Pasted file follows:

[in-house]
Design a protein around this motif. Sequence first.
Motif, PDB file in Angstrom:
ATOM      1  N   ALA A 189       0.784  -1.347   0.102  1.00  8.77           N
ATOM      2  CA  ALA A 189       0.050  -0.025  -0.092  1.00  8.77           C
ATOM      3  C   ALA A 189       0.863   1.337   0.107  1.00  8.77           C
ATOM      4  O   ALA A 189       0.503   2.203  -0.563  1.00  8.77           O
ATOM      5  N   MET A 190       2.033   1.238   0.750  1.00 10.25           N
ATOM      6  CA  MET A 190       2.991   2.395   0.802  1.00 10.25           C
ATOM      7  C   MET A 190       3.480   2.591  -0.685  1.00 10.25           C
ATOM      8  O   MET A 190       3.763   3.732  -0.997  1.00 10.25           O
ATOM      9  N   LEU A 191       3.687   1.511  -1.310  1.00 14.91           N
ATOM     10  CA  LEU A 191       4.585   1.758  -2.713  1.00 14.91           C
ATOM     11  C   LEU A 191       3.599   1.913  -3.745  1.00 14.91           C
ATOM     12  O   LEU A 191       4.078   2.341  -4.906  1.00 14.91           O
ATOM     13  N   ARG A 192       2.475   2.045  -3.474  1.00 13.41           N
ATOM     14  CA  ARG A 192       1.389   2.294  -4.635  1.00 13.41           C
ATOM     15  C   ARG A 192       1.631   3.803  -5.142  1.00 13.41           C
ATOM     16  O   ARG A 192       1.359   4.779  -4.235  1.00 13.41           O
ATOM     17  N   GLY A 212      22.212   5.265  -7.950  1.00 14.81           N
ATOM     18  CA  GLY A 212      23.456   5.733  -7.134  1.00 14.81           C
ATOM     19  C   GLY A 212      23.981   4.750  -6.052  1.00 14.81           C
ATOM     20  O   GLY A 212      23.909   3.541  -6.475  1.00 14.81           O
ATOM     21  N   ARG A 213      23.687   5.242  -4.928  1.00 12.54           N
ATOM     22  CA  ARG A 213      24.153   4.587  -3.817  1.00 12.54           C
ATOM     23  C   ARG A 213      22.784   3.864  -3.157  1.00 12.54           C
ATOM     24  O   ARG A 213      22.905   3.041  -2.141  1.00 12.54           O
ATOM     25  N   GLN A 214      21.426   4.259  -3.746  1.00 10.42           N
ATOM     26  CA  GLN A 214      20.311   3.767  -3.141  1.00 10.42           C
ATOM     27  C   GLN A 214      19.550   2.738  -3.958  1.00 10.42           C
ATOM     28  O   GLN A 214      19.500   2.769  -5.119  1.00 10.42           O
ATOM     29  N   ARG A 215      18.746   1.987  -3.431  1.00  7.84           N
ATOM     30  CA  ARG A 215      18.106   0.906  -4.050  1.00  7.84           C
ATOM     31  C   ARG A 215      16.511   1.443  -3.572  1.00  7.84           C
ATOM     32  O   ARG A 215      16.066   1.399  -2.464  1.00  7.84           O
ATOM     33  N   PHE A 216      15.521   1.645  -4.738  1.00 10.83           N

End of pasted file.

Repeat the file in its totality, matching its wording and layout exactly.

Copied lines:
[in-house]
Design a protein around this motif. Sequence first.
Motif, PDB file in Angstrom:
ATOM      1  N   ALA A 189       0.784  -1.347   0.102  1.00  8.77           N
ATOM      2  CA  ALA A 189       0.050  -0.025  -0.092  1.00  8.77           C
ATOM      3  C   ALA A 189       0.863   1.337   0.107  1.00  8.77           C
ATOM      4  O   ALA A 189       0.503   2.203  -0.563  1.00  8.77           O
ATOM      5  N   MET A 190       2.033   1.238   0.750  1.00 10.25           N
ATOM      6  CA  MET A 190       2.991   2.395   0.802  1.00 10.25           C
ATOM      7  C   MET A 190       3.480   2.591  -0.685  1.00 10.25           C
ATOM      8  O   MET A 190       3.763   3.732  -0.997  1.00 10.25           O
ATOM      9  N   LEU A 191       3.687   1.511  -1.310  1.00 14.91           N
ATOM     10  CA  LEU A 191       4.585   1.758  -2.713  1.00 14.91           C
ATOM     11  C   LEU A 191       3.599   1.913  -3.745  1.00 14.91           C
ATOM     12  O   LEU A 191       4.078   2.341  -4.906  1.00 14.91           O
ATOM     13  N   ARG A 192       2.475   2.045  -3.474  1.00 13.41           N
ATOM     14  CA  ARG A 192       1.389   2.294  -4.635  1.00 13.41           C
ATOM     15  C   ARG A 192       1.631   3.803  -5.142  1.00 13.41           C
ATOM     16  O   ARG A 192       1.359   4.779  -4.235  1.00 13.41           O
ATOM     17  N   GLY A 212      22.212   5.265  -7.950  1.00 14.81           N
ATOM     18  CA  GLY A 212      23.456   5.733  -7.134  1.00 14.81           C
ATOM     19  C   GLY A 212      23.981   4.750  -6.052  1.00 14.81           C
ATOM     20  O   GLY A 212      23.909   3.541  -6.475  1.00 14.81           O
ATOM     21  N   ARG A 213      23.687   5.242  -4.928  1.00 12.54           N
ATOM     22  CA  ARG A 213      24.153   4.587  -3.817  1.00 12.54           C
ATOM     23  C   ARG A 213      22.784   3.864  -3.157  1.00 12.54           C
ATOM     24  O   ARG A 213      22.905   3.041  -2.141  1.00 12.54           O
ATOM     25  N   GLN A 214      21.426   4.259  -3.746  1.00 10.42           N
ATOM     26  CA  GLN A 214      20.311   3.767  -3.141  1.00 10.42           C
ATOM     27  C   GLN A 214      19.550   2.738  -3.958  1.00 10.42           C
ATOM     28  O   GLN A 214      19.500   2.769  -5.119  1.00 10.42           O
ATOM     29  N   ARG A 215      18.746   1.987  -3.431  1.00  7.84           N
ATOM     30  CA  ARG A 215      18.106   0.906  -4.050  1.00  7.84           C
ATOM     31  C   ARG A 215      16.511   1.443  -3.572  1.00  7.84           C
ATOM     32  O   ARG A 215      16.066   1.399  -2.464  1.00  7.84           O
ATOM     33  N   PHE A 216      15.521   1.645  -4.738  1.00 10.83           N